Web directory, archive
Search web-archive-uk.com:

Find domain in archive system:
web-archive-uk.com » UK » P » PROVET.CO.UK

Total: 585

Choose link from "Titles, links and description words view":

Or switch to "Titles and links view".
    a normal part of moulting after which the coat can look sparse but it will grow back again Moulting usually occurs seasonally after the winter has ended and the thicker coat that has grown is not needed for protection against the cold There are many diseases that can lead to excessive hair loss including the following Nest building rabbits will pull out hair to add to other materials in the

    Original URL path: http://www.provet.co.uk/Petfacts/healthtips/alopeciarabbits.htm (2016-02-08)
    Open archived version from archive

    get professional advice from your veterinarian Rabbits need to eat food every day When they stop eating called anorexia there can be a variety of underlying reasons some of which are much more serious than others Possible causes include A poor low fibre diet Dental problems tooth overgrowth or misalignment occlusion of teeth Gastrointestinal disorders enteritis obstruction parasites Liver disease especially fatty liver in obese rabbits Kidney disease Urogenital diseases

    Original URL path: http://www.provet.co.uk/Petfacts/healthtips/anorexiarabbits.htm (2016-02-08)
    Open archived version from archive

    inflammation itis of the breast or mammary gland Mastitis usually occurs in rabbits that are lactating The signs are Firm swelling of one or more breasts which can take on a blue appearance The breasts feel hot There may be abscess formation within the breast There may be a foul smelling discharge from the breast There may be a blood stained discharge from the breast The rabbit may have a poor appetite High body temperature over 104 o F The young may die In severe cases the mother may develop septicemia infection in the bloodstream and die The disease most often occurs in rabbits kept in an unclean environment and the bacteria that are usually involved include Staphylococcus spp Streptococcus spp Pasteurella spp The infection is thought to gain access to the breast up the duct in the teat which carries milk from the gland Damage to the teat during suckling by the newborn may play a role as well as contamination from the environment It is a good idea to remove old bedding from rabbit hutches and clean them well with disinfectants before a doe is due to give birth During lactation cleaning the does teats regularly with water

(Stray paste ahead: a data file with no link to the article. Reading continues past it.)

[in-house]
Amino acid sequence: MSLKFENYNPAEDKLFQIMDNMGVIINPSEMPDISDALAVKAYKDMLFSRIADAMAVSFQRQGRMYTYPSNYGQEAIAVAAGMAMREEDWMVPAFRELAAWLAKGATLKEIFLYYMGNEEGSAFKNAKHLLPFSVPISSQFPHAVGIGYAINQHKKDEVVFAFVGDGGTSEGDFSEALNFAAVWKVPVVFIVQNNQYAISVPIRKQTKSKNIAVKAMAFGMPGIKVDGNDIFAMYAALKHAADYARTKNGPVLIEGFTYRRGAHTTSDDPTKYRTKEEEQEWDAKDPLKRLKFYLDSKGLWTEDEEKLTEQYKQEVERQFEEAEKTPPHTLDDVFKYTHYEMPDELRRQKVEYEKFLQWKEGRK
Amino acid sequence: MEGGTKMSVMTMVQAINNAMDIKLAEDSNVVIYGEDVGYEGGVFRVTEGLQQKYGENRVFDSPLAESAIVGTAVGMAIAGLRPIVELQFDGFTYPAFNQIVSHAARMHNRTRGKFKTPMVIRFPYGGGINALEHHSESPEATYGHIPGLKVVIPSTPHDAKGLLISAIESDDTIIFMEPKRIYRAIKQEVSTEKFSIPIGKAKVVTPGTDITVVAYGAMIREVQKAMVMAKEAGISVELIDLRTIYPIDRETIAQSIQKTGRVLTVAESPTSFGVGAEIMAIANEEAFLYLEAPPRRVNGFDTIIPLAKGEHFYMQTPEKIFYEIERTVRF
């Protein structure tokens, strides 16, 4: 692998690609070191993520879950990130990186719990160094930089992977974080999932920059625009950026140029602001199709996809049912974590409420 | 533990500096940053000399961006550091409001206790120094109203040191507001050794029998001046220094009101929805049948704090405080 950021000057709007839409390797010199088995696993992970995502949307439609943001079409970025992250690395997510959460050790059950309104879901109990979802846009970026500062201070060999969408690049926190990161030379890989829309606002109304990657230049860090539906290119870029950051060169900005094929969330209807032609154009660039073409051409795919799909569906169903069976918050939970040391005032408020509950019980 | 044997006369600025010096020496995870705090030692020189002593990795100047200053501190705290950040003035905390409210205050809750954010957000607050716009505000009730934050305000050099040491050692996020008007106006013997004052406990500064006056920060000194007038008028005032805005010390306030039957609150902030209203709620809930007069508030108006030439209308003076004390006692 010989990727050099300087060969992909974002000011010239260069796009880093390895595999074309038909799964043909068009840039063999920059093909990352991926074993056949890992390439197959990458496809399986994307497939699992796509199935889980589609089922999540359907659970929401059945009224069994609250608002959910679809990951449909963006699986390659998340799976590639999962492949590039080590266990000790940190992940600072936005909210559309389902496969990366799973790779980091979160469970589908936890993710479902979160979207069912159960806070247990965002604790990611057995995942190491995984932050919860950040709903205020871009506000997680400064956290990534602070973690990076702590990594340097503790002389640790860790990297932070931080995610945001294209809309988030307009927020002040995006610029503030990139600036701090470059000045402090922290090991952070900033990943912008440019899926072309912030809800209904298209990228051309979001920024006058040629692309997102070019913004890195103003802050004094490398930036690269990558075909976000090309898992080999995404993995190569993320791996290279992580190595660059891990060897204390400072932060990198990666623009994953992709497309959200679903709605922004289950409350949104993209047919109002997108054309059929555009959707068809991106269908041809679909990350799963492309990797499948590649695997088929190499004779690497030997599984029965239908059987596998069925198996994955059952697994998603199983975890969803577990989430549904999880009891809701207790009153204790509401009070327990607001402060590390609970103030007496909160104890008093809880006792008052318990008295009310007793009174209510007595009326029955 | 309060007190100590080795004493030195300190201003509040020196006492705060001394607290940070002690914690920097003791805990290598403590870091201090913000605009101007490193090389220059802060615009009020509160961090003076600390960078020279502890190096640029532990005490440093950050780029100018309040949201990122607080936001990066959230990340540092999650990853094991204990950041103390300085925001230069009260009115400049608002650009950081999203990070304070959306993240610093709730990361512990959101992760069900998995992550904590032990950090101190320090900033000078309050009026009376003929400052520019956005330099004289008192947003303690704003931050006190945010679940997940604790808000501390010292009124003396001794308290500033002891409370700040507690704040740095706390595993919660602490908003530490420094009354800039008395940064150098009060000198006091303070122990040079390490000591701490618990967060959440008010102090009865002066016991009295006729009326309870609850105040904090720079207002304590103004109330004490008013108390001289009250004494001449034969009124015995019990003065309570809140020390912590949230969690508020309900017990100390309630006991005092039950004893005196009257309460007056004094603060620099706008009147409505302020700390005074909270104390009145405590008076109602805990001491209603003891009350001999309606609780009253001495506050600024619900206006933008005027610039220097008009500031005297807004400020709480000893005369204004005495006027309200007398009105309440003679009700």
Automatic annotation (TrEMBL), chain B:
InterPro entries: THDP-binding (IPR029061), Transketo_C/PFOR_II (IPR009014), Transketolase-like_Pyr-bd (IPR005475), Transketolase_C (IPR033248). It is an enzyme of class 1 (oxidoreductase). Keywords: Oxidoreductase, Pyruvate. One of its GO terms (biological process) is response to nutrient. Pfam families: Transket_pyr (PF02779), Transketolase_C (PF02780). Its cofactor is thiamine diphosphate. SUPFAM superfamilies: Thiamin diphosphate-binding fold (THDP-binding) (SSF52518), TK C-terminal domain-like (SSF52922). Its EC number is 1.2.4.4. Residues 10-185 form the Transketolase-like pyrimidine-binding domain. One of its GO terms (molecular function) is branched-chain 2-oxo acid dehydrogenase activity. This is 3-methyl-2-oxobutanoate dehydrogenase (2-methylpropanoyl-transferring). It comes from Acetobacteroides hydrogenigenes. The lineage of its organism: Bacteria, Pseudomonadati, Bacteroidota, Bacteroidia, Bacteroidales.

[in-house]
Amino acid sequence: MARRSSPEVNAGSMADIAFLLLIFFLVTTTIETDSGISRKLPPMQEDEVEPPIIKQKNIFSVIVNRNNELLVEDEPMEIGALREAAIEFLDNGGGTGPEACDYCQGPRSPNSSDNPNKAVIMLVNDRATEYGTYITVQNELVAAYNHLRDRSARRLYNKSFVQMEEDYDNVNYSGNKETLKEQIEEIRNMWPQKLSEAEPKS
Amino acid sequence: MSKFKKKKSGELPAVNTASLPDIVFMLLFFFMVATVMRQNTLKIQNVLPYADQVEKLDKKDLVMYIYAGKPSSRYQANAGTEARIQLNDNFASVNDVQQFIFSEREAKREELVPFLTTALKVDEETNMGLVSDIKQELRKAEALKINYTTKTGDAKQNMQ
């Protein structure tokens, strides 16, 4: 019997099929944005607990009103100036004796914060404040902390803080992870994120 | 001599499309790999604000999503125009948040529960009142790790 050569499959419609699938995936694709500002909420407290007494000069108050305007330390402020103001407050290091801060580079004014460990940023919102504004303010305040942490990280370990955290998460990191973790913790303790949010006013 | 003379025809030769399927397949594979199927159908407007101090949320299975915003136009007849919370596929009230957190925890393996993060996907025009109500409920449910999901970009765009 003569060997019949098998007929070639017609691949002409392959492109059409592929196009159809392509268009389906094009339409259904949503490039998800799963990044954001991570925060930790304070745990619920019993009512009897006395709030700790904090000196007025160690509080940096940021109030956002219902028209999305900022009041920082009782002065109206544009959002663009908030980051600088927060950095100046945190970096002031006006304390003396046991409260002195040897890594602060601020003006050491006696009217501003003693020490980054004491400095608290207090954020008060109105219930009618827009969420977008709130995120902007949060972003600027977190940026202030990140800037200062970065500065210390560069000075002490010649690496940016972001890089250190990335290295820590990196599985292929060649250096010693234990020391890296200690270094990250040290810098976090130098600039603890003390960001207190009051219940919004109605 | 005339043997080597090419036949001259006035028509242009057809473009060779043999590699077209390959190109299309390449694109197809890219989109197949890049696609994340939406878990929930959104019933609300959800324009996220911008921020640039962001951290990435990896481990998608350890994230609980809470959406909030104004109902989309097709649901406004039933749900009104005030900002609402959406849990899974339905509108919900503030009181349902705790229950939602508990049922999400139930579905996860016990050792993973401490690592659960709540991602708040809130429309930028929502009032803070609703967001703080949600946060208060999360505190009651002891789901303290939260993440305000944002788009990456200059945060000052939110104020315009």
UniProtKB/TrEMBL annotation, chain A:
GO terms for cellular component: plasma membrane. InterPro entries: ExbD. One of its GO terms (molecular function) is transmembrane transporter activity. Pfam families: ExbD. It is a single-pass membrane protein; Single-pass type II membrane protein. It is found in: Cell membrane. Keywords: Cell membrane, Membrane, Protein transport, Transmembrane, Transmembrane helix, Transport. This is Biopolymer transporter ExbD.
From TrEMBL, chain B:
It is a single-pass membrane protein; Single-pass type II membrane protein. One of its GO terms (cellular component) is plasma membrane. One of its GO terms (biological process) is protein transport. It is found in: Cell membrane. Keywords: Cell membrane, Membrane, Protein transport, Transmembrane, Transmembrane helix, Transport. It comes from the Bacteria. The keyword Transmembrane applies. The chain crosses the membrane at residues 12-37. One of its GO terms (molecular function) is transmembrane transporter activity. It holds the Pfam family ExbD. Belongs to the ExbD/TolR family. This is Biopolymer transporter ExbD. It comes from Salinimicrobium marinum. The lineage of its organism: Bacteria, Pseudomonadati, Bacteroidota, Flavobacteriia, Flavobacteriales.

Original URL path: http://www.provet.co.uk/Petfacts/healthtips/rabbitmastitis.htm (2016-02-08)
    Open archived version from archive

  • PROVET HEALTHCARE INFORMATION - Rabbits - Motility in Anaesthesia
    food and bacteria resulting in a change in the normal gut flora population and lead to gastrointestinal problems Prolonged general anaesthesia can lead to reduced motility and even ileus so efforts should be made to ensure motility is returned to normal as soon as possible Dr Stephen Euler in Veterinary Forum April 1999 recommended the post operative administration of cisapride at the dose rate 0 5 1 mg kg body

    Original URL path: http://www.provet.co.uk/health/diseases/rabbitmotility.htm (2016-02-08)